A proposal passed in the House early Monday morning, which could pass in the Senate Tuesday, would ban abortions after the 20th week of pregnancy, limit abortions to surgical centers, and require doctors to have admitting privileges at nearby hospitals. The restrictions could force 37 out of 42 centers to close; nevertheless, proponents believe the bill would improve women's health care, unless a filibuster by Democrat Sen. Wendy Davis can stop it.

"Do you want to return back to the coat hanger or do you want to give them the option to be able to terminate their pregnancy because they have been raped?" Houston Democrat Senfronia Thompson said as she held up a white wire coat hanger in front of the House's assembly.

Admitting privileges place doctors on a hospital's list of who can admit patients to certain hospitals or medical centers in the local area. Opponents of the proposal say the requirement is unnecessary and could force clinics to shut down because the procedure to obtain such credentials may be difficult. Proponents say its purpose is to ensure safe follow-up care in case of abortion complications.

The bill's sponsor, Jodie Laubenberg of Parker Texas, avoided looking into the crowd as she said, "This does not prohibit an abortion for any reason including rape and incest up until five months. Up until this point we are looking at a baby that's very far along in its development."

Hundreds of Texans representing both sides stayed in the Capital in Austin all night, chanting, screaming and wearing their opinion on their shirts. The legislature lasted 15 hours Sunday night and ended at 4 a.m. Monday.

After the House easily approved the Senate Bill 5 Monday morning, the anti-abortion package was sent to the Senate for filibuster. The proposal passed 95 to 34 with the support of four Democrats.

The Senate doesn't receive a bill until 24 hours after it has passed through the House, setting the Senate debate for Tuesday morning, with a filibuster put into effect to last 13.5 hours.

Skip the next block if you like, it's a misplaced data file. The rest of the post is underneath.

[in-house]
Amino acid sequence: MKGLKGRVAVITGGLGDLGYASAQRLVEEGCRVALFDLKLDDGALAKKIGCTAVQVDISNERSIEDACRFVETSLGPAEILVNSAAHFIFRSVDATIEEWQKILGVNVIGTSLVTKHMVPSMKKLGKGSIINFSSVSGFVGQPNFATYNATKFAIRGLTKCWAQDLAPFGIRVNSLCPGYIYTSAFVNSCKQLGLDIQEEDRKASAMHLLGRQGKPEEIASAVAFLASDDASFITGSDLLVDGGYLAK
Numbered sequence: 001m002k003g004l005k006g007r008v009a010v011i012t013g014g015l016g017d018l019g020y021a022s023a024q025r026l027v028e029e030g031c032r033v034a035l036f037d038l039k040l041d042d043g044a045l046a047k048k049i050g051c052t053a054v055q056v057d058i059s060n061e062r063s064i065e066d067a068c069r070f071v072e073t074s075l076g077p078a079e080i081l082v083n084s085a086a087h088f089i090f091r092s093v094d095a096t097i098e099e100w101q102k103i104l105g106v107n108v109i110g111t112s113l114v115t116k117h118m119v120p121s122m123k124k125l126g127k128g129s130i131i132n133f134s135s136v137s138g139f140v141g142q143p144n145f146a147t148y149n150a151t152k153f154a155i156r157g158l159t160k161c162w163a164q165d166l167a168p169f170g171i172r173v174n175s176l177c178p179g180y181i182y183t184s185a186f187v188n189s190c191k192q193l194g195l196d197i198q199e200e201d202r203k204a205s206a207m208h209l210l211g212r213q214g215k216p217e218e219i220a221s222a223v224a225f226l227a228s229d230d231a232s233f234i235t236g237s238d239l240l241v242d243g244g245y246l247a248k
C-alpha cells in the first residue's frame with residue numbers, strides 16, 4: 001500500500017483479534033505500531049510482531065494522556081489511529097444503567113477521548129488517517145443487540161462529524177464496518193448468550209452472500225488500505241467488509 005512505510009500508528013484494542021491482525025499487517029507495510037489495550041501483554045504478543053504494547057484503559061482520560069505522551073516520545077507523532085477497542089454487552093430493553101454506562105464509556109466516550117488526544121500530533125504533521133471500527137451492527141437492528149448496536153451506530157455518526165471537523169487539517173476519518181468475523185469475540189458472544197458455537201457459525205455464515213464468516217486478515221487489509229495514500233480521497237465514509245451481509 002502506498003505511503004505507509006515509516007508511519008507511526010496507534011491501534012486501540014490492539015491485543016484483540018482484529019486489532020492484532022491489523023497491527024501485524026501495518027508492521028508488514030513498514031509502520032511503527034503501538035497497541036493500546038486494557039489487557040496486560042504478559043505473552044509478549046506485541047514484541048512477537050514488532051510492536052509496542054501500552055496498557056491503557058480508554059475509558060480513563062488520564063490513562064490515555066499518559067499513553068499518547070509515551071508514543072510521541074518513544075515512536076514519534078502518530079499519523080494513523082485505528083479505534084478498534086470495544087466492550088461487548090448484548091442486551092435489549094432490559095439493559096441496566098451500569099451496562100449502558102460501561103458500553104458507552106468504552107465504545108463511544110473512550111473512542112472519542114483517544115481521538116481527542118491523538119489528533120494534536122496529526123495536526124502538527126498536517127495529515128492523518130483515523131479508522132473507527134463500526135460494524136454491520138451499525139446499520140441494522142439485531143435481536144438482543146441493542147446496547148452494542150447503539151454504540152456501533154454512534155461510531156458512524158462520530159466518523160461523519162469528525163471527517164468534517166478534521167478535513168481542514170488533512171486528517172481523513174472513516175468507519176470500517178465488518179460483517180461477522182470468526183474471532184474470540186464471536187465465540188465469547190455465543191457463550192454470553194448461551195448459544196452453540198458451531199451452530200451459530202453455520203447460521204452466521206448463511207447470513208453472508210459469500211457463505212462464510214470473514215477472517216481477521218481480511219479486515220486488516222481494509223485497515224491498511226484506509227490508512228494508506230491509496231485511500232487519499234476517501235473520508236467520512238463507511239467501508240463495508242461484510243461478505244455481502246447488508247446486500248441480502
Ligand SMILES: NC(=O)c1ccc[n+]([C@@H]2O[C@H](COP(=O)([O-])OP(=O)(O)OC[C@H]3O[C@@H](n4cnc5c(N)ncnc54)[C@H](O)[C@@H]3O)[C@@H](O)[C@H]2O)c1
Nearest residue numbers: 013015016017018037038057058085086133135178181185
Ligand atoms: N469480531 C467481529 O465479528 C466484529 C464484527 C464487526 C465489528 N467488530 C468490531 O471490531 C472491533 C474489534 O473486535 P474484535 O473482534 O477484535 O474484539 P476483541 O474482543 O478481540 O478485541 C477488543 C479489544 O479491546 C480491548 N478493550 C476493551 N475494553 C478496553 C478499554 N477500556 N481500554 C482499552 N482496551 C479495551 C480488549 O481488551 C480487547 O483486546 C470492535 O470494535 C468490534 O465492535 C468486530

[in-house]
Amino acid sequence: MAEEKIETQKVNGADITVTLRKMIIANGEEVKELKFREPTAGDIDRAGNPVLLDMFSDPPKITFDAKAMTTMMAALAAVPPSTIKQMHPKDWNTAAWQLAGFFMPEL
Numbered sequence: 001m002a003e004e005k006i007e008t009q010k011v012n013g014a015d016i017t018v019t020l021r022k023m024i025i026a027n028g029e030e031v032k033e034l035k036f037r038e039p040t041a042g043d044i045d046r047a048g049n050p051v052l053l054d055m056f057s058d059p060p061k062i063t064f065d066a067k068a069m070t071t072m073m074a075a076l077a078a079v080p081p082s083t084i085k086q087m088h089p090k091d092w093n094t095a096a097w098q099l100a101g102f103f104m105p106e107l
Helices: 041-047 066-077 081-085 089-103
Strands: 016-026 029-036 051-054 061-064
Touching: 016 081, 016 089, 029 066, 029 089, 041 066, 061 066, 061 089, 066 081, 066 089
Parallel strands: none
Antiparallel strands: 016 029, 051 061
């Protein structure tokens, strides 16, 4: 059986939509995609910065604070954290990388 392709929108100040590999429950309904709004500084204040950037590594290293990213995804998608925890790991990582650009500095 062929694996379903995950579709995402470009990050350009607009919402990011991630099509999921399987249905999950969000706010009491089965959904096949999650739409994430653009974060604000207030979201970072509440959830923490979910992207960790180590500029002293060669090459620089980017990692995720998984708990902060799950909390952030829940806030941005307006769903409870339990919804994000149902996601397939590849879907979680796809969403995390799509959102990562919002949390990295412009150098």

A filibuster is the only way Democrats can block a vote, which requires running out the clock. This will be one of the most exhausting filibusters to date, as Sen. Davis has to follow strict Senate filibuster rules. She must speak continuously, stick to the topic, without eating, bathroom breaks, or leaning on anything to rest as she fights the Republican-dominated Texas Legislature.

A filibuster's ultimate purpose is to obstruct progress in a legislative progress with an action, such as a prolonged speech, and this particular one must go on until midnight Tuesday to avoid giving the Senate a chance to vote. If the filibuster proves successful, Gov. Rick Perry can call for another special session and try again.

Gov. Rick Perry, Lt. Gov. David Dewhurts, and other Republican leaders said the legislation is being pushed in order to protect women's health and an unborn child at the 20-week stage of development.

The Legislature's 140-day regular session eneded May 27, but Gov. Perry kept lawmakers in Austin for another 30-day special session, and on June 11, the abortion ban was added to the roster.

Rep. Laudenberg drew a comparison to explain why she felt the bill was necessary, "In the emergency room they have what's called rape kits where a woman can get cleaned out," she said, comparing abortions to rape kits. "The woman had five months to make that decision."

Shortly after her rape kit statement, Laudenberg was widely ridiculed on social media sites. The Rep nevertheless rejected all proposed changes to her bill without speaking until the end of the debate.

In Texas, the second largest state after California, 84,610 abortions were performed in 2008, or 16.5 per 1,000 women, according to the U.S. Census Bureau. If the law passes and clinics shut down due to strict requirements, women would have to travel the 773-mile wide and 790-mile long state to outside borders to find the nearest available clinic.

According to the National Council of State Legislatures, eight states have successfully banned abortions after 20 weeks, along with Arizona's legislation at 18 weeks and Arkansas' ban after 12 weeks. But fetal pain initiatives are not supported nationwide. Supreme Court rulings established a woman has a right to an abortion until the fetus is outside of the womb.

Cecile Richards, president of Planned Parenthood Action Fund and the daughter of late former Texas Gov. Ann Richards said, "If this passes, abortion would be virtually banned in the state of Texas, and many women could be forced to resort to dangerous and unsafe measures."